Are you interested in Continuing Education Credit? You may earn one continuing education unit (not academic credit) through Western Oregon University for attending the conference. For more information go to the CPM Continuing Education Credit Information webpage or pick up the credit application in Sequoia A.

In order to be eligible for this credit you must:

  • Confirm attendance through Kickup for both Saturday and Sunday.

  • Attend a session during each of the time periods, including the Keynote (Saturday morning) and the Ignite Session (Sunday afternoon).

  • Submit Session Feedback Forms for all of the sessions that you attend.

  • Submit a Conference Feedback Form at the end of the Ignite session.

  • Submit the Reflection and action plan submission form.

Confirm Conference Attendance: 

  1. Go to the Kickup website.

  2. Log in with the email you used to register for the conference.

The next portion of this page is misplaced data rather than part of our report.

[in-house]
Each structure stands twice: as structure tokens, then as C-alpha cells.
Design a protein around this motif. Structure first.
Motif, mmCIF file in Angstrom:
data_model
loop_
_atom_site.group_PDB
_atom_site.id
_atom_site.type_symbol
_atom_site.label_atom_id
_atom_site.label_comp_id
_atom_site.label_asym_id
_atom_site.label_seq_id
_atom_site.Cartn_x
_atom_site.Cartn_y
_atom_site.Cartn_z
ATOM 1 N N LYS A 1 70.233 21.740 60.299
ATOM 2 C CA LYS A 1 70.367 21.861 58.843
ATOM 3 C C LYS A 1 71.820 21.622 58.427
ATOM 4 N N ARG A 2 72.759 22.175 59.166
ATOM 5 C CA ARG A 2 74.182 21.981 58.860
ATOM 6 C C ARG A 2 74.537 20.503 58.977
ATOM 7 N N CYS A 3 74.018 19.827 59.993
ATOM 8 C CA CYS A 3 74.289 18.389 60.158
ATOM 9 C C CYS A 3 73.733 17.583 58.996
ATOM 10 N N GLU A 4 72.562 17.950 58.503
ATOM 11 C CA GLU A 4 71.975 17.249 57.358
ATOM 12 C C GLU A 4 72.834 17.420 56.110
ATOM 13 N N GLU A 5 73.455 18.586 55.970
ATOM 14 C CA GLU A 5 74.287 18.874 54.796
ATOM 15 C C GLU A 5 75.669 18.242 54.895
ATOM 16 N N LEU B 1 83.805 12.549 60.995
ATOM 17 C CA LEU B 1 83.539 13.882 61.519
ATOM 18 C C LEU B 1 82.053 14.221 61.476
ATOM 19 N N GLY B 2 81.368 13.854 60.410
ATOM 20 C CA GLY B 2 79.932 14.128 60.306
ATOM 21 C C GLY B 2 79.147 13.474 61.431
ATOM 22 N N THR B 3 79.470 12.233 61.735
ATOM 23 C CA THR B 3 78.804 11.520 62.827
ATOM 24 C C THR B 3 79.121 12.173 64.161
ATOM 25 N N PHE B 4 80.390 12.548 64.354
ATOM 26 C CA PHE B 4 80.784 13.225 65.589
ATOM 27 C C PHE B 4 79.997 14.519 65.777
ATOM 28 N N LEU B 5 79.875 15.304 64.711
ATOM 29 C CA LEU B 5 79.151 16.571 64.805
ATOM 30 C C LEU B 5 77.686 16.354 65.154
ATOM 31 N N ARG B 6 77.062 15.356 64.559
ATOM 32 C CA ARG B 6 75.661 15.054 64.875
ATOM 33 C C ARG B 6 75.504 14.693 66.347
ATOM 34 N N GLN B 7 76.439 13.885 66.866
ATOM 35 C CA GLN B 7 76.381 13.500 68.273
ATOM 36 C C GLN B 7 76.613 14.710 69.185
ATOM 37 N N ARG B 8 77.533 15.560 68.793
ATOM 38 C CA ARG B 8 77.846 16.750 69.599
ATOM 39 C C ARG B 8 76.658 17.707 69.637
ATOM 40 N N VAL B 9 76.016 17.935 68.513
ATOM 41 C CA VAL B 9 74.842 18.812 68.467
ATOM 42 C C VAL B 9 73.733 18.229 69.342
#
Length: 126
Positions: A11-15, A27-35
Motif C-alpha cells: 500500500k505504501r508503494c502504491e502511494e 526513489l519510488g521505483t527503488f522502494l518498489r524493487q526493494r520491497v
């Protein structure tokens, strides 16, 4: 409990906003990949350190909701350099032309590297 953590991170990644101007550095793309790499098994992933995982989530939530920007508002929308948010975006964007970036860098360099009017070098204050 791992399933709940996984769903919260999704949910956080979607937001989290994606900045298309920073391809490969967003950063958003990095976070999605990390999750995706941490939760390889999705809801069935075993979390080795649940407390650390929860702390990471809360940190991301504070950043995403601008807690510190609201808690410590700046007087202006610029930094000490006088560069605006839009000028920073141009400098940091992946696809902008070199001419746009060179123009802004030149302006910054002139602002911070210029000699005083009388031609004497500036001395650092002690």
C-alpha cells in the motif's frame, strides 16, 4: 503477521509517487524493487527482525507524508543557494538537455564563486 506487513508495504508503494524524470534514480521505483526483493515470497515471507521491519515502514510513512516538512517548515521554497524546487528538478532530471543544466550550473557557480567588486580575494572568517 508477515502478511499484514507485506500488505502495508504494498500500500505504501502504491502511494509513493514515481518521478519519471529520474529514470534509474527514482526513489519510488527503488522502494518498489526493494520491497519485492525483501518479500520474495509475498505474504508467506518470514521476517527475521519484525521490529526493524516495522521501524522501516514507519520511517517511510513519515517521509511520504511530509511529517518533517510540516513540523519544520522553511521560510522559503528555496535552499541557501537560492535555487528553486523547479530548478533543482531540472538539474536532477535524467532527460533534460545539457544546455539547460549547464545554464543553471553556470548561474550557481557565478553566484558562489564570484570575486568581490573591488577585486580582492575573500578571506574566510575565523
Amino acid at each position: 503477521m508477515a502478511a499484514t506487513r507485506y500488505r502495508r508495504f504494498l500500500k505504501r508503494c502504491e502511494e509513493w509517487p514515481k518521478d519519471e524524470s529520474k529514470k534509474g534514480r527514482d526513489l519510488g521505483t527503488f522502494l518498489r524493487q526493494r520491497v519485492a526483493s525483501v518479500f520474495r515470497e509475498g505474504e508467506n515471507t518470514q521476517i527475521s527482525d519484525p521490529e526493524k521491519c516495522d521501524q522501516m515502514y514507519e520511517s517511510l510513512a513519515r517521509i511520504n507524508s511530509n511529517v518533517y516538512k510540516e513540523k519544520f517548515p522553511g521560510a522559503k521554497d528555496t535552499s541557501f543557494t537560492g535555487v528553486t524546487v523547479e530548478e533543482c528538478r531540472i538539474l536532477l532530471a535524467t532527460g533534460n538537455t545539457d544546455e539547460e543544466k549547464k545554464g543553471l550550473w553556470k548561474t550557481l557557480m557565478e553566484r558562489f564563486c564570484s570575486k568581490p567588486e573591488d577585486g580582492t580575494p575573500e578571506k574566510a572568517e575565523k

3. Click "Confirm Attendance at Event."

  4. Enter the Attendance Code, and click "Submit." 

WiFi network name: CPMConference, password: MoreMath2020 

avatar for Micheal Marsh

Micheal Marsh

CPM Educational Program
Regional Professional Learning Coordinator - California

Mícheál Marsh instructed high school mathematics at Culver City High School in Culver City California for 27 years. Currently, he is a CPM Regional Professional Learning Coordinator for California.

He has taught CPM since 1993 and served as a teacher leader, contributing editor, regional coordinator, and technology director for CPM. He obtained an M.A. from California State University Northridge (CSUN) in Educational Leadership and an administrative credential in 2011.

Mícheál obtained his B.A. in 1987 in mathematics from UCSB along with his teaching credentials (1988) M.A. (1992) in Math Assessment. He began teaching in 1988 at Fillmore Middle School in Fillmore California. In 1992 he came to Culver City High School where he has remained in various positions from department chairman to Teacher on Special Assignment (TOSA) in the area of assessment and technology.

 He began his career in education in 1986 as a student intern for Project T.I.M.E. (Teachers Improving Mathematics Education), a Tri-Counties Mathematics Project (TCMP) that worked with primary through secondary schools around the University of California at Santa Barbara.